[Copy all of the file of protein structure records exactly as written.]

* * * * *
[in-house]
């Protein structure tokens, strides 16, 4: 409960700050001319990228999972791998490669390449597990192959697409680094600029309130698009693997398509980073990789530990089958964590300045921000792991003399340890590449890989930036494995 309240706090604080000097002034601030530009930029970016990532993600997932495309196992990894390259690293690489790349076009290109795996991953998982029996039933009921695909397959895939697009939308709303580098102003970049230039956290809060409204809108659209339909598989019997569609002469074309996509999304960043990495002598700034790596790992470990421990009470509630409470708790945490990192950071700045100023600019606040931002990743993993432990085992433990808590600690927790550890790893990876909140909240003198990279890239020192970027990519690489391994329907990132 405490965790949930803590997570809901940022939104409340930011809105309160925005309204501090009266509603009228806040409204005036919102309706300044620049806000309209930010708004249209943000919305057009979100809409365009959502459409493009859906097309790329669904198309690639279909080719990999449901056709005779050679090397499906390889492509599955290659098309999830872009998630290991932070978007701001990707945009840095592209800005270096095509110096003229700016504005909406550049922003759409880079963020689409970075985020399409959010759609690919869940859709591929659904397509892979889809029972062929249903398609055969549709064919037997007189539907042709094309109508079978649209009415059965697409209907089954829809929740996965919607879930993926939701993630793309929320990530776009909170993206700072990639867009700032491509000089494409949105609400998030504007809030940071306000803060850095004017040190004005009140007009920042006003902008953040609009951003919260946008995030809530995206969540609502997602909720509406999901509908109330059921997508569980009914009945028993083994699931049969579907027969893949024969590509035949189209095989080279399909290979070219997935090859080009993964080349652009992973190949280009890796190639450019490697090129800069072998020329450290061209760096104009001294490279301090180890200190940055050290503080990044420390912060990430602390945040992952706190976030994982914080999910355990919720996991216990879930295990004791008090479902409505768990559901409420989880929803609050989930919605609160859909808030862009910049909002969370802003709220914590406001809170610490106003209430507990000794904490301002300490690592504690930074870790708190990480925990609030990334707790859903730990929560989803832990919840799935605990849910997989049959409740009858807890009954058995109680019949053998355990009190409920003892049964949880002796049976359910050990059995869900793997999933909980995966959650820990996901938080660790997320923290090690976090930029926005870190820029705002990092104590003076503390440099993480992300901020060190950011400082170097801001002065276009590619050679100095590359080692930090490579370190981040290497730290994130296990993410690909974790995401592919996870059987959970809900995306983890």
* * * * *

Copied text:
[in-house]
């Protein structure tokens, strides 16, 4: 409960700050001319990228999972791998490669390449597990192959697409680094600029309130698009693997398509980073990789530990089958964590300045921000792991003399340890590449890989930036494995 309240706090604080000097002034601030530009930029970016990532993600997932495309196992990894390259690293690489790349076009290109795996991953998982029996039933009921695909397959895939697009939308709303580098102003970049230039956290809060409204809108659209339909598989019997569609002469074309996509999304960043990495002598700034790596790992470990421990009470509630409470708790945490990192950071700045100023600019606040931002990743993993432990085992433990808590600690927790550890790893990876909140909240003198990279890239020192970027990519690489391994329907990132 405490965790949930803590997570809901940022939104409340930011809105309160925005309204501090009266509603009228806040409204005036919102309706300044620049806000309209930010708004249209943000919305057009979100809409365009959502459409493009859906097309790329669904198309690639279909080719990999449901056709005779050679090397499906390889492509599955290659098309999830872009998630290991932070978007701001990707945009840095592209800005270096095509110096003229700016504005909406550049922003759409880079963020689409970075985020399409959010759609690919869940859709591929659904397509892979889809029972062929249903398609055969549709064919037997007189539907042709094309109508079978649209009415059965697409209907089954829809929740996965919607879930993926939701993630793309929320990530776009909170993206700072990639867009700032491509000089494409949105609400998030504007809030940071306000803060850095004017040190004005009140007009920042006003902008953040609009951003919260946008995030809530995206969540609502997602909720509406999901509908109330059921997508569980009914009945028993083994699931049969579907027969893949024969590509035949189209095989080279399909290979070219997935090859080009993964080349652009992973190949280009890796190639450019490697090129800069072998020329450290061209760096104009001294490279301090180890200190940055050290503080990044420390912060990430602390945040992952706190976030994982914080999910355990919720996991216990879930295990004791008090479902409505768990559901409420989880929803609050989930919605609160859909808030862009910049909002969370802003709220914590406001809170610490106003209430507990000794904490301002300490690592504690930074870790708190990480925990609030990334707790859903730990929560989803832990919840799935605990849910997989049959409740009858807890009954058995109680019949053998355990009190409920003892049964949880002796049976359910050990059995869900793997999933909980995966959650820990996901938080660790997320923290090690976090930029926005870190820029705002990092104590003076503390440099993480992300901020060190950011400082170097801001002065276009590619050679100095590359080692930090490579370190981040290497730290994130296990993410690909974790995401592919996870059987959970809900995306983890």